agreement “from the pattern of price-fixing disclosed in the record”).
5. Interstate Circuit, Inc. v. United States, 306 U.S. 208, 227 (1939) (“It is
elementary that an unlawful conspir acy may be and often is formed without
simultaneous action or agreement on the part of the conspirators.”);
Amereican Tobacco, 328 U.S. at 792 (“[M]uch of the evidence relating to
the purchase[s] . . . does not apply in precisely equal degree to each
[defendant].”); Masters v. Wilhel mina Model Agency, 2 003 WL 145556,
at *5 (S.D.N.Y. 2003) (“It is well settled . . . that the law does not require
every defendant to participate in the conspirac y by identical means
throughout the entire class period.”).
6. Bogosian v. Gulf Oil Corp., 561 F.2d 434, 445-46 (3d Cir. 1977),
abrogated on other grounds by Twombly, 550 U.S. 544 (2007) (noting that
the cases have interpreted § 1 as “presenting a single concept about
common action, not three separate ones: ‘contract . . . combination or
conspiracy’ becomes an alliterative compound noun, roughly translated to
mean ‘concerted action’” and that courts use the terms interchangeably).
See Chapter I for a discussion of the Supreme Court’s early decisions in
which distinctions among the statutory terms were recognize d.
7. Monsanto Co. v. Spray-Rite Serv. Corp., 465 U.S. 752, 768 (1984).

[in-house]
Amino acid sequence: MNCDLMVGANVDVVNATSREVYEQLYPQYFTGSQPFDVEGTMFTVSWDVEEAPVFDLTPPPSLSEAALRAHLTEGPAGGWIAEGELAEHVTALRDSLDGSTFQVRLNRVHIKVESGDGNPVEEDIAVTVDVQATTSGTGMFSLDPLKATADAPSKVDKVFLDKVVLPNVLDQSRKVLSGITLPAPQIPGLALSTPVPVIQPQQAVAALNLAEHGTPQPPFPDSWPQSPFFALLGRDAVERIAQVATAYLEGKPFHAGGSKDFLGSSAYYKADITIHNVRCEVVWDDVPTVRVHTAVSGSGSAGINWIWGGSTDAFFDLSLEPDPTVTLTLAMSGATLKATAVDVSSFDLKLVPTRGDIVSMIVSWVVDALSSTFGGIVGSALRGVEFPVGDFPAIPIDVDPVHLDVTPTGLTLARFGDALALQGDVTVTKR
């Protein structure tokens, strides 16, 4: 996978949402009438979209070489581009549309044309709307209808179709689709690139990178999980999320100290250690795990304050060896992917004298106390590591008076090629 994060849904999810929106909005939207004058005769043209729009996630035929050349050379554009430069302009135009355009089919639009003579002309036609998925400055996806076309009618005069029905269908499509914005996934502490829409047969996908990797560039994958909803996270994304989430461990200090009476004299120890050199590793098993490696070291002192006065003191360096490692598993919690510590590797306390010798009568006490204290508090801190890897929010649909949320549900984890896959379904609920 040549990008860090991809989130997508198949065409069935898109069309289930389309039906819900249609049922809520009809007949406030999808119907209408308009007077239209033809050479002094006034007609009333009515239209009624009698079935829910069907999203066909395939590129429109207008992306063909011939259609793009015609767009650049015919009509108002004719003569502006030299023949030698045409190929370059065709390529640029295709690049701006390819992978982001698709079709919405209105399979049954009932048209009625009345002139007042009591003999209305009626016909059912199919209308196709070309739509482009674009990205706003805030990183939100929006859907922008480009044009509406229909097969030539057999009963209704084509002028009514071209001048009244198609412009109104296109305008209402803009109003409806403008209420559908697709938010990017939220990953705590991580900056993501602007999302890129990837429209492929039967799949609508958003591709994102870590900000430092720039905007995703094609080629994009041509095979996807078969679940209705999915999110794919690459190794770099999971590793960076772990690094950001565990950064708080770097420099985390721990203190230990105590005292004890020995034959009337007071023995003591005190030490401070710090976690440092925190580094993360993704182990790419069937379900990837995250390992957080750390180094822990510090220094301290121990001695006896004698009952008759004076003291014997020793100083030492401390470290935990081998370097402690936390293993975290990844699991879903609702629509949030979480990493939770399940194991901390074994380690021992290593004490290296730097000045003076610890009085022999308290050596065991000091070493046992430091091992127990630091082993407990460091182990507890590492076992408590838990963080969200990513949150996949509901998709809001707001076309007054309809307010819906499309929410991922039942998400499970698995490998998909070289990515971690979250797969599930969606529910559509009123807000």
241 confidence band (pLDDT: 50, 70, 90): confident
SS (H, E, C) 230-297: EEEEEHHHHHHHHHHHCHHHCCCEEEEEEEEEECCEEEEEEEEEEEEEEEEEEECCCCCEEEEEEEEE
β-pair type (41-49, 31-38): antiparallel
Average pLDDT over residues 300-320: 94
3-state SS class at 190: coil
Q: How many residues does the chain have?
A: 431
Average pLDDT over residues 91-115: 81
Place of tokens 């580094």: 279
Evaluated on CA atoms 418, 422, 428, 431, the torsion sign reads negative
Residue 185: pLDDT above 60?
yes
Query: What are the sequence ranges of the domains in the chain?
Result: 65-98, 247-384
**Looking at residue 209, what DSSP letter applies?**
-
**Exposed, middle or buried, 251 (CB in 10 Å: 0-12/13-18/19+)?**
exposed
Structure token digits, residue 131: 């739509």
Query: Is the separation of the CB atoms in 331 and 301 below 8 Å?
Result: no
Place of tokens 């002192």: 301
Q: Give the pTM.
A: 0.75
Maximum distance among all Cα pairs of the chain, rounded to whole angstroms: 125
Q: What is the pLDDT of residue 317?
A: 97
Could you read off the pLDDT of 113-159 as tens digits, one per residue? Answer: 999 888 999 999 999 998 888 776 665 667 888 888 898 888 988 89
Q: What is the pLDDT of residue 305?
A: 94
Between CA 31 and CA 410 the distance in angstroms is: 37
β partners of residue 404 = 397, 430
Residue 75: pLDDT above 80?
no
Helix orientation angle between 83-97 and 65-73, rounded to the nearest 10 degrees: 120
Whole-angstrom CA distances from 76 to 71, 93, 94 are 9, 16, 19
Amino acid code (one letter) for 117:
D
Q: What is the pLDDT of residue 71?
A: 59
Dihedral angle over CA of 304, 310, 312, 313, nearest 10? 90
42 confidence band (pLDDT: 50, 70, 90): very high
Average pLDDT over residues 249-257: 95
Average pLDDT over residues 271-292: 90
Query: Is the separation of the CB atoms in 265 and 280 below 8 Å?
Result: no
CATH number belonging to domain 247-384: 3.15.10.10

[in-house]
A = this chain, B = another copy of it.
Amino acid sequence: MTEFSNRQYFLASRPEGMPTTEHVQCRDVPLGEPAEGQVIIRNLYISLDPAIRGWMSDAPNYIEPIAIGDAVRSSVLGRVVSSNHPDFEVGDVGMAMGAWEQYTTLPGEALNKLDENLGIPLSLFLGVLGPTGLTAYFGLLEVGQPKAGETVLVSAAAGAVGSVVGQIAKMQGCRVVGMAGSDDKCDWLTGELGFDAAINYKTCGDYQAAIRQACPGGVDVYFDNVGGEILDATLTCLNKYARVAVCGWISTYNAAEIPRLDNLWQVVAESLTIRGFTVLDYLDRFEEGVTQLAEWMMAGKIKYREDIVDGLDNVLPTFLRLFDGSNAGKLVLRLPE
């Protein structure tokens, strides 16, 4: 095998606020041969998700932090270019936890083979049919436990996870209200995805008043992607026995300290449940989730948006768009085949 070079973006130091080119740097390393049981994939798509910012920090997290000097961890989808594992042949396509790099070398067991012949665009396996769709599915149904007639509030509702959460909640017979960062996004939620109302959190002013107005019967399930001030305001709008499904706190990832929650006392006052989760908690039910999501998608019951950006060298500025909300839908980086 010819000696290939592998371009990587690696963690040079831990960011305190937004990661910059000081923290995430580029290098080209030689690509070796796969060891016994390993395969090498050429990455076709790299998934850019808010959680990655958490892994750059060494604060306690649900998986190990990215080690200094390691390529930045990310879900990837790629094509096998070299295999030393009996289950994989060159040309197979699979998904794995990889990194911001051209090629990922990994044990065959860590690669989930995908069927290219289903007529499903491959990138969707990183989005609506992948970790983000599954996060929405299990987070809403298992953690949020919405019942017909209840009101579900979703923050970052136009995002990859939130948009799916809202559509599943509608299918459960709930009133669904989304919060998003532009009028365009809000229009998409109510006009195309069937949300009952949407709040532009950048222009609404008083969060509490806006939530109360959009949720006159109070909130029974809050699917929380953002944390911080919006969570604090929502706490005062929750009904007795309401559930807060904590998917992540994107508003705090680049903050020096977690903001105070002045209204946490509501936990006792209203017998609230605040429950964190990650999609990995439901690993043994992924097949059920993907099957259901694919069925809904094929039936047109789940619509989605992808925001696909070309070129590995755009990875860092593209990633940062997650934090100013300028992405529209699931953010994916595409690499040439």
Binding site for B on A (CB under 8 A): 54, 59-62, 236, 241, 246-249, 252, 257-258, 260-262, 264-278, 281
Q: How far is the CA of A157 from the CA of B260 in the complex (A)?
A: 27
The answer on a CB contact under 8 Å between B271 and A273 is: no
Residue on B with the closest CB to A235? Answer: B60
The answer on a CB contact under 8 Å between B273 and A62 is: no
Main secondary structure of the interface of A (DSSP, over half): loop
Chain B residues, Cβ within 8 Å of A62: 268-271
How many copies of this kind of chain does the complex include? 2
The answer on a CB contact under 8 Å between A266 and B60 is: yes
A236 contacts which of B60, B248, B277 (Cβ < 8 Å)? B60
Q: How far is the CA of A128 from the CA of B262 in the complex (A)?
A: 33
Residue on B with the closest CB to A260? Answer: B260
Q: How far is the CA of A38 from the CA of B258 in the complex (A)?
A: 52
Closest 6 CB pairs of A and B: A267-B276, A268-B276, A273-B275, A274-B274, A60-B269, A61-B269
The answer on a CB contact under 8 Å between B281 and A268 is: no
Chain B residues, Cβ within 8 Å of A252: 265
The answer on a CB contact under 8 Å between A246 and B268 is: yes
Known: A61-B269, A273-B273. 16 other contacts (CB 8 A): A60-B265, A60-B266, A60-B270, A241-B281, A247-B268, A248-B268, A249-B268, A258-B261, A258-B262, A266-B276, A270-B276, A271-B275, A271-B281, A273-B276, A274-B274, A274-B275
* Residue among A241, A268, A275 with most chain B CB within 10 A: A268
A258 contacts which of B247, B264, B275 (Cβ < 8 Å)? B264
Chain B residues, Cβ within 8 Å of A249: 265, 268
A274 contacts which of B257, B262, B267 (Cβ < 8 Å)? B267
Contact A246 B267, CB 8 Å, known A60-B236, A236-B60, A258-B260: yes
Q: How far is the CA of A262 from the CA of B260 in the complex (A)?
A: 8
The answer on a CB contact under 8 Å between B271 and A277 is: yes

What Constitutes A Conspiracy? 21
ranging from hard-core criminal price-fixing agreements to potentially
procompetitive distribution restraints. The purpose of this chapter is not to
examine types of agreements but to explore the requirements for proving
the existence of an agreement in the first place.
1. Early Supreme Court Cases Defining Antitrust Agreements
Case law has evolved on how an agreement is defined for antitrust
purposes. Before considering the Supreme Court’s recent decisions on
proof of an agreement under Section 1, it will be helpful to look at its
earlier decisions.
In 1914, in Eastern States Retail Lumber Dealers Ass’n v. United
States,8 the Court addressed a group boycott by members of retail lumber
dealer associations against lumber wholesalers who sought to intrude into
the retail space. The retail dealer associations distributed reports to their
members naming such wholesalers with the goal of blacklisting them.
While there was no direct evidence of an agreement between the retailers,
the Court held that a restraint of trade was the natural consequence of these
reports and that a conspiracy to accomplish that consequence could be
readily inferred.9
In 1921 the Court held in American Column and Lumber Co. v. United
States,10 that a so-called “open competition plan” involving cooperation
among the members of a hardwood manufacturers association, including
the exchange of detailed sales, price and production information for the
avowed purpose of substituting “co-operative competition” for “cut-throat
competition,” and keeping “prices at reasonably stable and normal levels,
violated Section 1.11 The Court found that even without evidence of a
specific agreement among the members, an agreement could be inferred.
The Court stated:
To pronounce such abnormal conduct . . . “a new form of competition”
and not an old form of combination in restraint of trade, as it so plainly
is, would be for this court to confess itself blinded by words and forms
to realities which men in general ver y plainly see and u nderstand and
condemn, as an old evil in a new dress and with a new name. 12
8. 234 U.S. 600 (1914).
9. Id. at 612.
10. 257 U.S. 377 (1921).
11. Id. at 394.
12. Id. at 410-11.

To continue reading

Request your trial